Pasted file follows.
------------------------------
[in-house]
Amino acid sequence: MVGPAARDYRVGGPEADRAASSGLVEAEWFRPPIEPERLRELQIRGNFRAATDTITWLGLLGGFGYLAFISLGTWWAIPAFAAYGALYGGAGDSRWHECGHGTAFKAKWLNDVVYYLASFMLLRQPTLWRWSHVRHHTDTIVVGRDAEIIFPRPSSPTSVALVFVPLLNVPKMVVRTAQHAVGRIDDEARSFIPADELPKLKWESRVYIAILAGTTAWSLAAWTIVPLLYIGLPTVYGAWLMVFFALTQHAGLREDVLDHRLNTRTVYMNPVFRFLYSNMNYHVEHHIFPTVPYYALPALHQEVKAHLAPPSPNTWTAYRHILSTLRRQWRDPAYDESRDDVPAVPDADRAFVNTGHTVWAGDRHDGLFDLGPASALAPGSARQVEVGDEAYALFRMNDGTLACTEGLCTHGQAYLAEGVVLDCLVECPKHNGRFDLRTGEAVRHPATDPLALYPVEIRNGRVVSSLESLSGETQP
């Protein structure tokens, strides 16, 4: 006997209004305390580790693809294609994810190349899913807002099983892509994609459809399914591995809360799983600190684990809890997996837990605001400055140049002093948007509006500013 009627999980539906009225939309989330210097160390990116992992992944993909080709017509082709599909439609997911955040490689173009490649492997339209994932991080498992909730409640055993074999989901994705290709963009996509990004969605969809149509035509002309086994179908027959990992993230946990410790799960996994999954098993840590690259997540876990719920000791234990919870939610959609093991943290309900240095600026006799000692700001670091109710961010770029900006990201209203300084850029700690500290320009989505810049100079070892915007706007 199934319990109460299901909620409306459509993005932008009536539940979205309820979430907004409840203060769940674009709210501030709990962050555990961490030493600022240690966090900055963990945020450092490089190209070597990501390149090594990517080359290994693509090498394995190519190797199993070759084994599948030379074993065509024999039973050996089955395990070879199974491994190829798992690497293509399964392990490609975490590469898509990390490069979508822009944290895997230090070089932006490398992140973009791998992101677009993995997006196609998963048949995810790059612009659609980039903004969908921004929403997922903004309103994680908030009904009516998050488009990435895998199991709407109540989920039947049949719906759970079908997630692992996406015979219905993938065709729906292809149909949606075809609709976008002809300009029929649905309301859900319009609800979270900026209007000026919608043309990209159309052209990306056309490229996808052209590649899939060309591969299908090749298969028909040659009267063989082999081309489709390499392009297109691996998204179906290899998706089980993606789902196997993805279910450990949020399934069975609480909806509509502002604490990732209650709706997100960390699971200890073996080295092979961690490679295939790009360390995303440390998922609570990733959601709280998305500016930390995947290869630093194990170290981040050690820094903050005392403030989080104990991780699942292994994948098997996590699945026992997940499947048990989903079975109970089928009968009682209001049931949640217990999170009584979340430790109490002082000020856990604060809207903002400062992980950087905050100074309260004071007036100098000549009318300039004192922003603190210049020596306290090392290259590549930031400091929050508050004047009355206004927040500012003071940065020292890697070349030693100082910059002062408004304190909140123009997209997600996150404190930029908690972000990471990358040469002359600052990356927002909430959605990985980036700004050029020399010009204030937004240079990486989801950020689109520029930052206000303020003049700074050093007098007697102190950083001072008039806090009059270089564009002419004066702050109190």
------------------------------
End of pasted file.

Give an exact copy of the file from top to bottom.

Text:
[in-house]
Amino acid sequence: MVGPAARDYRVGGPEADRAASSGLVEAEWFRPPIEPERLRELQIRGNFRAATDTITWLGLLGGFGYLAFISLGTWWAIPAFAAYGALYGGAGDSRWHECGHGTAFKAKWLNDVVYYLASFMLLRQPTLWRWSHVRHHTDTIVVGRDAEIIFPRPSSPTSVALVFVPLLNVPKMVVRTAQHAVGRIDDEARSFIPADELPKLKWESRVYIAILAGTTAWSLAAWTIVPLLYIGLPTVYGAWLMVFFALTQHAGLREDVLDHRLNTRTVYMNPVFRFLYSNMNYHVEHHIFPTVPYYALPALHQEVKAHLAPPSPNTWTAYRHILSTLRRQWRDPAYDESRDDVPAVPDADRAFVNTGHTVWAGDRHDGLFDLGPASALAPGSARQVEVGDEAYALFRMNDGTLACTEGLCTHGQAYLAEGVVLDCLVECPKHNGRFDLRTGEAVRHPATDPLALYPVEIRNGRVVSSLESLSGETQP
């Protein structure tokens, strides 16, 4: 006997209004305390580790693809294609994810190349899913807002099983892509994609459809399914591995809360799983600190684990809890997996837990605001400055140049002093948007509006500013 009627999980539906009225939309989330210097160390990116992992992944993909080709017509082709599909439609997911955040490689173009490649492997339209994932991080498992909730409640055993074999989901994705290709963009996509990004969605969809149509035509002309086994179908027959990992993230946990410790799960996994999954098993840590690259997540876990719920000791234990919870939610959609093991943290309900240095600026006799000692700001670091109710961010770029900006990201209203300084850029700690500290320009989505810049100079070892915007706007 199934319990109460299901909620409306459509993005932008009536539940979205309820979430907004409840203060769940674009709210501030709990962050555990961490030493600022240690966090900055963990945020450092490089190209070597990501390149090594990517080359290994693509090498394995190519190797199993070759084994599948030379074993065509024999039973050996089955395990070879199974491994190829798992690497293509399964392990490609975490590469898509990390490069979508822009944290895997230090070089932006490398992140973009791998992101677009993995997006196609998963048949995810790059612009659609980039903004969908921004929403997922903004309103994680908030009904009516998050488009990435895998199991709407109540989920039947049949719906759970079908997630692992996406015979219905993938065709729906292809149909949606075809609709976008002809300009029929649905309301859900319009609800979270900026209007000026919608043309990209159309052209990306056309490229996808052209590649899939060309591969299908090749298969028909040659009267063989082999081309489709390499392009297109691996998204179906290899998706089980993606789902196997993805279910450990949020399934069975609480909806509509502002604490990732209650709706997100960390699971200890073996080295092979961690490679295939790009360390995303440390998922609570990733959601709280998305500016930390995947290869630093194990170290981040050690820094903050005392403030989080104990991780699942292994994948098997996590699945026992997940499947048990989903079975109970089928009968009682209001049931949640217990999170009584979340430790109490002082000020856990604060809207903002400062992980950087905050100074309260004071007036100098000549009318300039004192922003603190210049020596306290090392290259590549930031400091929050508050004047009355206004927040500012003071940065020292890697070349030693100082910059002062408004304190909140123009997209997600996150404190930029908690972000990471990358040469002359600052990356927002909430959605990985980036700004050029020399010009204030937004240079990486989801950020689109520029930052206000303020003049700074050093007098007697102190950083001072008039806090009059270089564009002419004066702050109190």